FOREST LAKE, Minn. - At an address often visited by heartbreak, the day has come for mending.
"It was one of his favorite plaid shirts," explains Rita Johnson, sitting behind a table at Mattson Funeral Home, as scissors slice through the fabric of a favorite shirt once worn by her husband.
Gary Johnson didn't need GQ Magazine to tell him flannel was always in style. It's the reason the first few cuts into the gray wool material hurt, just a bit, Rita Johnson. But nothing can hurt as much as what she has already endured.
"Day after Christmas, he died of multiple myeloma," she says about her husband of 41 years.
Now, three months after his death, the newly cut pieces of Gary Johnson's shirt are being re-assembled into a teddy bear.
"Any picture I have he was in a plaid shirt," says Rita Johnson, "so I thought this will make a nice bear."
The "Heartley Bears" have been created at the Forest Lake funeral home the past six years.
"It makes us feel really good," says Susan Hutchison, who launched the project with her husband, Paul, following the death of Paul's grandfather, Hartley Alden, for whom the bears are named.
When Alden passed away in 2008, his wife and daughters gathered his favorite shirts from fishing trips and family outings. They then used the shirts' fabric to make teddy bears for Alden's children and grandchildren.
"There were a lot of tears and remembering the clothing," says Susan Hutchison.
Inspired, the Hutchisons, who co-own the funeral home, established a Heartley Bear nonprofit organization to bring comfort to others who have lost loved ones.
Twice a year, in spring and fall, the funeral home opens its doors to grieving families -- customers and non-customers alike.
"Between 800 and 900 bears have been made," says Susan Hutchison.
Rose Buske cuts into a shirt, once worn by her son Jess who died of cancer in January at the age of 56.
"That's what my girlfriends used to tell me; Jess is like a big overstuffed teddy bear," she smiles.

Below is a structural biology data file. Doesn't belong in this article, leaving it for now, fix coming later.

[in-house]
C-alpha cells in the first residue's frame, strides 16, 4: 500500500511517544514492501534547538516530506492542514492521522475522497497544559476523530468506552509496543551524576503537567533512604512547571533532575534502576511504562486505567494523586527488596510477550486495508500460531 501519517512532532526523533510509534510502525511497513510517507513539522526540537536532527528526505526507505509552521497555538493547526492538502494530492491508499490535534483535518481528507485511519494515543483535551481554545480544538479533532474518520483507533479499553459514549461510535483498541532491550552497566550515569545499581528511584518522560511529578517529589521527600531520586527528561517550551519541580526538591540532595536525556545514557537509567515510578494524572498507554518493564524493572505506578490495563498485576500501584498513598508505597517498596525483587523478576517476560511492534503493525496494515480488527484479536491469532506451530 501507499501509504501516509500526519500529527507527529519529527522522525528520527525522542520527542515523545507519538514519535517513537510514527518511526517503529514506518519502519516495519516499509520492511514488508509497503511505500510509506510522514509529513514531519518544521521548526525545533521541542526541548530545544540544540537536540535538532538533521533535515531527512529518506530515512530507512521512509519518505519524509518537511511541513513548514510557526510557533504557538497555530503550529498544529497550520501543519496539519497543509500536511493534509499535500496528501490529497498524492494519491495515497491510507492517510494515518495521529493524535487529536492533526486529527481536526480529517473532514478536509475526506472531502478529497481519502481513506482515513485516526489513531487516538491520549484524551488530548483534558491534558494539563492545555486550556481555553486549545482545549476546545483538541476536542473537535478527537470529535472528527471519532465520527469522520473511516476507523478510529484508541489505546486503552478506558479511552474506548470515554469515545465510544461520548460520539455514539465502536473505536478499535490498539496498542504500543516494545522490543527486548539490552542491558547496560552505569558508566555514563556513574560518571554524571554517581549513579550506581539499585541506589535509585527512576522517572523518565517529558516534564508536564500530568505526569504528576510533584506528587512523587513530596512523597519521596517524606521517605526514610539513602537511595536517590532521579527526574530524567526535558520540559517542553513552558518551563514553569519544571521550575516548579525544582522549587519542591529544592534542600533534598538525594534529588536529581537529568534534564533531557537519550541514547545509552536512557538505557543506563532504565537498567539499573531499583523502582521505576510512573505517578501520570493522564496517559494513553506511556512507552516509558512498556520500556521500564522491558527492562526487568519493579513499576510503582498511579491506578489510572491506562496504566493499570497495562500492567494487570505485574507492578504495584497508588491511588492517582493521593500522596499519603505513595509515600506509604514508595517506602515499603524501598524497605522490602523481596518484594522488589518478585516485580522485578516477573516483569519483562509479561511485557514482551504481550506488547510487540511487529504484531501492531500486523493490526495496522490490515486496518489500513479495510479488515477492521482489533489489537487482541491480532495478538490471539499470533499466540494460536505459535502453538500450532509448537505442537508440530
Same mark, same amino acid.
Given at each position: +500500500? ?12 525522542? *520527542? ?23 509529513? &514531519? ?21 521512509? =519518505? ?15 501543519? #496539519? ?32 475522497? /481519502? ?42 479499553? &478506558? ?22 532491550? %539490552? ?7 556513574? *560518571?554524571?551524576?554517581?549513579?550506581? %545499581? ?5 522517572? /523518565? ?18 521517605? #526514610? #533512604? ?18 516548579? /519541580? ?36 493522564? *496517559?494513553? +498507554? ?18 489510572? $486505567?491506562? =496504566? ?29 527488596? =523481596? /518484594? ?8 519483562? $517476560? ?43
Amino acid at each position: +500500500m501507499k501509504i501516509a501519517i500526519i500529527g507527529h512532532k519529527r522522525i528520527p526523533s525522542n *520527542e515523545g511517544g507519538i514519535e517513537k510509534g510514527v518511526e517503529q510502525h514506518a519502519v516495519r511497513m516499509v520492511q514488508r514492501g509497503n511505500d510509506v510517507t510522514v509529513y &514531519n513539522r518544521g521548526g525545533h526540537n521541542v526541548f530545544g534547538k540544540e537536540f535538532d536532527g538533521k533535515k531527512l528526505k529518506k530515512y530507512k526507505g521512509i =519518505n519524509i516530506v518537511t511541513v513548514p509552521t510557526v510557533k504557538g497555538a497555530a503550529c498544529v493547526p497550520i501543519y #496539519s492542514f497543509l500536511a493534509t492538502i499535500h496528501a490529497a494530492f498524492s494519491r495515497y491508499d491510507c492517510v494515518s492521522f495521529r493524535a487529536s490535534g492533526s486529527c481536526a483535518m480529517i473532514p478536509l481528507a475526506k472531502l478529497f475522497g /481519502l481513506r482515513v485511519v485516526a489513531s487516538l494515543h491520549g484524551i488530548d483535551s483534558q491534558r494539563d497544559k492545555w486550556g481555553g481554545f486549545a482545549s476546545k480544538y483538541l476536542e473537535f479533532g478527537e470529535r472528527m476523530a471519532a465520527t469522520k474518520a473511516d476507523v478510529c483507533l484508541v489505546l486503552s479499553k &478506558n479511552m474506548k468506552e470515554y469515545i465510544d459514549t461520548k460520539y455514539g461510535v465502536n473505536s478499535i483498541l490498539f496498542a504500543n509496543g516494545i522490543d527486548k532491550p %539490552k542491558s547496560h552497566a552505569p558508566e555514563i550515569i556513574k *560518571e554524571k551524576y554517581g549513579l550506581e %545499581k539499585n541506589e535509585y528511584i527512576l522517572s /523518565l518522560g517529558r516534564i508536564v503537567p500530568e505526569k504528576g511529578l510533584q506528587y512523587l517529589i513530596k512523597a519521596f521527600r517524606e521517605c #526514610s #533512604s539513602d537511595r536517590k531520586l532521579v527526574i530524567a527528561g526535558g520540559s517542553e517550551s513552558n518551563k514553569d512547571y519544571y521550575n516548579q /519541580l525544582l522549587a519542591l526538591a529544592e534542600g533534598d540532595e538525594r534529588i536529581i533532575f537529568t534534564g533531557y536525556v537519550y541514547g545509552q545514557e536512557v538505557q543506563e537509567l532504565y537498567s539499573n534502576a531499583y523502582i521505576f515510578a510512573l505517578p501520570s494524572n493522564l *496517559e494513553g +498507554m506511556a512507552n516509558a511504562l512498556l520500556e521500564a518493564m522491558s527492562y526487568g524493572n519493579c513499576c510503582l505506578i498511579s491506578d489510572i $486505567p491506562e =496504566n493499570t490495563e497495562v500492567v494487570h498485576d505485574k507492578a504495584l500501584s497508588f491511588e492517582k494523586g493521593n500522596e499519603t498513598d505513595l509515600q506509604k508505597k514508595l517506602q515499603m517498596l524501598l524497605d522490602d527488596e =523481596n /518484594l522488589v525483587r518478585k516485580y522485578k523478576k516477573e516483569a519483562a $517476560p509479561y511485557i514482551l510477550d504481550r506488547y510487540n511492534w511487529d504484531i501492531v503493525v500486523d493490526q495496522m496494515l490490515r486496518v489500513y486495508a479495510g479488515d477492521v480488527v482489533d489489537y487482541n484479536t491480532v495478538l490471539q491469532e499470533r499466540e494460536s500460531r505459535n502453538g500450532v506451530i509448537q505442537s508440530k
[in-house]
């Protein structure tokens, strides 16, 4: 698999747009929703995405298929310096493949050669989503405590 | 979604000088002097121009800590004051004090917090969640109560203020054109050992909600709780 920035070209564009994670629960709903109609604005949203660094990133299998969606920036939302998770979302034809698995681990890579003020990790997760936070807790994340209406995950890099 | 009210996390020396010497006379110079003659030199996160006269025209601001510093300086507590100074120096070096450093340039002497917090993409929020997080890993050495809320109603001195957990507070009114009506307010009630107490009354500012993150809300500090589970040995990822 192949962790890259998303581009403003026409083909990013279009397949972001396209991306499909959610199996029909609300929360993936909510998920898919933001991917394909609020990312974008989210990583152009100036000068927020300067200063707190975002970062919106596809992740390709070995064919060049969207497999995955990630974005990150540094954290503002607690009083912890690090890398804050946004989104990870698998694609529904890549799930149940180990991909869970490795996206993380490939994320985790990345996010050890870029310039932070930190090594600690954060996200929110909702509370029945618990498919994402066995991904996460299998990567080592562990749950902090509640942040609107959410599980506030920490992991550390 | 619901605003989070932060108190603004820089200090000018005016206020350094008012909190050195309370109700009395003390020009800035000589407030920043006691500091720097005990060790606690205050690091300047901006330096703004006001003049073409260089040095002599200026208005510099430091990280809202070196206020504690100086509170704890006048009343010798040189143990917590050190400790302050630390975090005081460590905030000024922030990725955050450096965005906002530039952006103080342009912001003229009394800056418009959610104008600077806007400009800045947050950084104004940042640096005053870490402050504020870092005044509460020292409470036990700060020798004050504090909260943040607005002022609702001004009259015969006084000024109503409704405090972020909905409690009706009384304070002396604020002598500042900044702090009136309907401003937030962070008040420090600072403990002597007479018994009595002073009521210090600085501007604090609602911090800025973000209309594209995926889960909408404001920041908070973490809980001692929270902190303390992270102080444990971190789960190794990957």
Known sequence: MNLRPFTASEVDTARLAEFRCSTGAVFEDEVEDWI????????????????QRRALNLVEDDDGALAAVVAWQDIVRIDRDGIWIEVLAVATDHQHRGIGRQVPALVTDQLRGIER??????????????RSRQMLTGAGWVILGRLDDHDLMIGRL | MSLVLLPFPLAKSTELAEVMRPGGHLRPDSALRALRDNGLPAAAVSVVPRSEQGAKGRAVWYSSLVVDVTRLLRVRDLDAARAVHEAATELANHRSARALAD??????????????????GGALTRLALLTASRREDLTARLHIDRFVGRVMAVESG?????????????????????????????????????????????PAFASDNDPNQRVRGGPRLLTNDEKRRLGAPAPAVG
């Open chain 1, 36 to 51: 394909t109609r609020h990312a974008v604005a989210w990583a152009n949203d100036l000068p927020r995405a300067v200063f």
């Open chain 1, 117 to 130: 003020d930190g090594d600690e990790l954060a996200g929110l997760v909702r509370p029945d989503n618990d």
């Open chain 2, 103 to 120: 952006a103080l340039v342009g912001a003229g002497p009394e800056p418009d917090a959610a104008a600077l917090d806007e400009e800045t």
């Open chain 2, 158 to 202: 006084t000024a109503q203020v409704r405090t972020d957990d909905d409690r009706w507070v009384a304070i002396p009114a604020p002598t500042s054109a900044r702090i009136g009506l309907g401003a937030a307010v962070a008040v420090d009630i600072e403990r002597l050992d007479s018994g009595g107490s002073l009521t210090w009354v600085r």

Across the table, Jess's wife, Michelle Buske, works with the pieces of one of Jess' favorite Vikings jean shirts.
"I'll be able to cuddle his jean shirt now," she says.
Jess's daughter, Lacea Buske, is working on a bear of her own, made from another of her dad's shirts. She pushes in stuffing, assesses her work, and then pushes in a little more. "My dad was a little bit more round," she smiles.
Over the years the Hutchisons have recruited a small army of sewing-machine-toting volunteers who help with the bear making, some former Heartley Bear recipients looking for an opportunity to give back.
The grief is still fresh for Lisa and Chad Monson. After trying for 13 years to have a baby, in March, their daughter Ava was stillborn.
"This blanket was actually a blanket she was wrapped in at the hospital," says Lisa Monson, as she cut the blanket's soft pink fabric.
Ava's picture, taken just after her birth, sits on the table in front of the couple. "And now we're going to be able to create a bear and put it in her room and remember her for the rest of our life," says Lisa Monson.
The Hutchisons have seen firsthand the healing power of the bears.
"I just hope it gives them peace," says Susan Hutchison, "a little bit of sunshine on their hardest days."
Two hours after arriving, Rita Johnson stitches a set of buttons on the face of her gray flannel bear. She notes that her husband had blue eyes, "so we went with blue for the eyes." She looks at the bear made from her husband's shirt and smiles. "It's just him," she says.
The stuffed bear wearing Ava's name is just another step in the recovery for her parents.
"We'll take it one day at time," says Lisa Monson tearfully, "and are thankful for the blessings that came to our life."
What better to bring comfort on days that bring hurt, than a bear hug?